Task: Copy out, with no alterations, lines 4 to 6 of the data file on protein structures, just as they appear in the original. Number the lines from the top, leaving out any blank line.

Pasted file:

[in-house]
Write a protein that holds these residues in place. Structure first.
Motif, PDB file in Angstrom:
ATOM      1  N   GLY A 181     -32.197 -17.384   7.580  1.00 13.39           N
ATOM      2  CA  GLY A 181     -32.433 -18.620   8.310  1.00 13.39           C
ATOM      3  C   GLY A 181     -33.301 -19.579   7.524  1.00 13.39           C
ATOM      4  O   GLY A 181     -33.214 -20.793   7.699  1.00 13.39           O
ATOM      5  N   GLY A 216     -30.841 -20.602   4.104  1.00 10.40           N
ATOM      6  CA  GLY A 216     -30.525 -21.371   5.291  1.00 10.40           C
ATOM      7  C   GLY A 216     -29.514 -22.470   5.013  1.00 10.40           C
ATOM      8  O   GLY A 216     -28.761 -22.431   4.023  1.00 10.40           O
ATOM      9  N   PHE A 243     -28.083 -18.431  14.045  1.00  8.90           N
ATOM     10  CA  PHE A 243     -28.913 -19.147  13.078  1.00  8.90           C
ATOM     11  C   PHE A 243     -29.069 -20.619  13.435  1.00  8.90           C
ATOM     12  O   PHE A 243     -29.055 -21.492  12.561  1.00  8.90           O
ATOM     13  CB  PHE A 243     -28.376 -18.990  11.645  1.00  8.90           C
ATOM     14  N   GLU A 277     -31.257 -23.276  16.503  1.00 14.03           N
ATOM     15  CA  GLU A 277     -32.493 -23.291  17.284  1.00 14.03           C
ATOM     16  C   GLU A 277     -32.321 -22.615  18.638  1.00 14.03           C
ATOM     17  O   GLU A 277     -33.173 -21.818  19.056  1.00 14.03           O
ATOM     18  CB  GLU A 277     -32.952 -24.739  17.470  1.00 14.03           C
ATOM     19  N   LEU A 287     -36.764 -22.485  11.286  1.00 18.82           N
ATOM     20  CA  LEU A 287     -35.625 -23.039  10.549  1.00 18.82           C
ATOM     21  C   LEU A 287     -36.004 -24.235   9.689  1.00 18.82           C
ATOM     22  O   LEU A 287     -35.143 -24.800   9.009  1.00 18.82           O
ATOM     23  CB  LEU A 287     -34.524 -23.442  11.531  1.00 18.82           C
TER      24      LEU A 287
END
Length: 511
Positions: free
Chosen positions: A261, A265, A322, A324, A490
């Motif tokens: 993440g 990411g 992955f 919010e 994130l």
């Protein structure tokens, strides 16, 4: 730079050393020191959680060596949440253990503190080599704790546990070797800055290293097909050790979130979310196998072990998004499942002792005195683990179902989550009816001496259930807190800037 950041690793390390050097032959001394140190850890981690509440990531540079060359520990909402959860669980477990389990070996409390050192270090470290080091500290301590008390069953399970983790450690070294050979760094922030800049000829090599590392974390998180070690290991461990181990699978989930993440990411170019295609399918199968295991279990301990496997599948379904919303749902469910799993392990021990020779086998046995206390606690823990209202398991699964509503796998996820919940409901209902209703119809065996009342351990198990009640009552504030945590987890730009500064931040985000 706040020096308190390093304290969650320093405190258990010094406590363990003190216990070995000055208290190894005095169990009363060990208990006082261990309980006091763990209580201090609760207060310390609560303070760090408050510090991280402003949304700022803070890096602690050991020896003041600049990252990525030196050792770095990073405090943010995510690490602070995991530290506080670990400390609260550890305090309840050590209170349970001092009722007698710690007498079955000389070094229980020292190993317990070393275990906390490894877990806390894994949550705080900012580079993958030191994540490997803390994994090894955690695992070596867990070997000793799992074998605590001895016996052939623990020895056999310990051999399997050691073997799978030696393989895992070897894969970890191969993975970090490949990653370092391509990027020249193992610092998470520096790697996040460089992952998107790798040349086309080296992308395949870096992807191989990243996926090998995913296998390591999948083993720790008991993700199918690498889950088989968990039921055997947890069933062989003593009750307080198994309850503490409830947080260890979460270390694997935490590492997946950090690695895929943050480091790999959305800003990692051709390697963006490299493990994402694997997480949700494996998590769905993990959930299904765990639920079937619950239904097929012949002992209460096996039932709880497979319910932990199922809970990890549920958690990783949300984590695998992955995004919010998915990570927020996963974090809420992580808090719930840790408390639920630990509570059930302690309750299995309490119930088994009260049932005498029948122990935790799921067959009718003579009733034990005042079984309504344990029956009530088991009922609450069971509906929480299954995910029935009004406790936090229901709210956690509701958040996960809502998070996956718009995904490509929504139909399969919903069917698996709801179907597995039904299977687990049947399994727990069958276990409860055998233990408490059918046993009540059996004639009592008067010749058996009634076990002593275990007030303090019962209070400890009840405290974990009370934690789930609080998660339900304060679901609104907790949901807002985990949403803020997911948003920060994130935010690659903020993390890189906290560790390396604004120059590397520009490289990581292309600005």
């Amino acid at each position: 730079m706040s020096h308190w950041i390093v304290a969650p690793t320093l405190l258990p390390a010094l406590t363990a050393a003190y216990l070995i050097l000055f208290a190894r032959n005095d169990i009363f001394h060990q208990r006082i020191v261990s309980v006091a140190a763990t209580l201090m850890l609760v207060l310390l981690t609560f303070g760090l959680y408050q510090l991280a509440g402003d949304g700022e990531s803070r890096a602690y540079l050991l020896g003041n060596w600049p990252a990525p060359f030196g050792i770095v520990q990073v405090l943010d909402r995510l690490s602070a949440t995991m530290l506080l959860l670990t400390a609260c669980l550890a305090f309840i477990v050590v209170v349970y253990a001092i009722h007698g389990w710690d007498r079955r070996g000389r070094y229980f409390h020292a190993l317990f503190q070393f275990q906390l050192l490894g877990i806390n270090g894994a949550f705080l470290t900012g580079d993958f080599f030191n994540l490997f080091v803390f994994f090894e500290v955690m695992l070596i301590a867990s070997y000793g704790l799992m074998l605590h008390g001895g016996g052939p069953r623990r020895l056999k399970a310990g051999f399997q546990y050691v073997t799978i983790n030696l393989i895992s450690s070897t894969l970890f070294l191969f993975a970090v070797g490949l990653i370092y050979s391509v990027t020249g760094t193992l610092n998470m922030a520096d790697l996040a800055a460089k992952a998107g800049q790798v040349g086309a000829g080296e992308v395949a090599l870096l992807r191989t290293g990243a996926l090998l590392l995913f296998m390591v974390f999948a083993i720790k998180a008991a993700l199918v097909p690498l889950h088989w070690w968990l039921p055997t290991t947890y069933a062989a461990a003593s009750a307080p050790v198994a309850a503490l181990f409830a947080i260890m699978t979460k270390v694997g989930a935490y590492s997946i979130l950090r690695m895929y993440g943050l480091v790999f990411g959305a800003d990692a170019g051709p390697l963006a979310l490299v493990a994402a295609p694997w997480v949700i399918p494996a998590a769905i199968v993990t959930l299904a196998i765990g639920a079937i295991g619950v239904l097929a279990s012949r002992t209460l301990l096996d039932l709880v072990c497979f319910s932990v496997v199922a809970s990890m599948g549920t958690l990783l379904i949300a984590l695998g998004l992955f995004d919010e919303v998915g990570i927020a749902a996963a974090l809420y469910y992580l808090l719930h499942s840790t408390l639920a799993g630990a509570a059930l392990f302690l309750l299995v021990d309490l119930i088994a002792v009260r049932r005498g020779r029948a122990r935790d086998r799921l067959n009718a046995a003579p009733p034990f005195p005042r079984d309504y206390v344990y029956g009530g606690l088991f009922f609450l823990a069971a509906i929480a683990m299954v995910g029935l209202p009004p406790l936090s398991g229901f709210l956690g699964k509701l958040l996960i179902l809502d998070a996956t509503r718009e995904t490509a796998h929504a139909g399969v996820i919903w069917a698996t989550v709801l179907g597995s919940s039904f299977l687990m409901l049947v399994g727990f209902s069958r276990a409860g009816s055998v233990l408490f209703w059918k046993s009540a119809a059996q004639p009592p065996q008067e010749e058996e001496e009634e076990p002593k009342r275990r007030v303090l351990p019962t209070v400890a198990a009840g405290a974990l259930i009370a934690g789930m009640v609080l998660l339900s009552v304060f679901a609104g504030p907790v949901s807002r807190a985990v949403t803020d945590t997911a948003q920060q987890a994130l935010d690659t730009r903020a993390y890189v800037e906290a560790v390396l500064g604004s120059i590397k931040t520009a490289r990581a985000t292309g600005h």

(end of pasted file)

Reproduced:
ATOM      1  N   GLY A 181     -32.197 -17.384   7.580  1.00 13.39           N
ATOM      2  CA  GLY A 181     -32.433 -18.620   8.310  1.00 13.39           C
ATOM      3  C   GLY A 181     -33.301 -19.579   7.524  1.00 13.39           C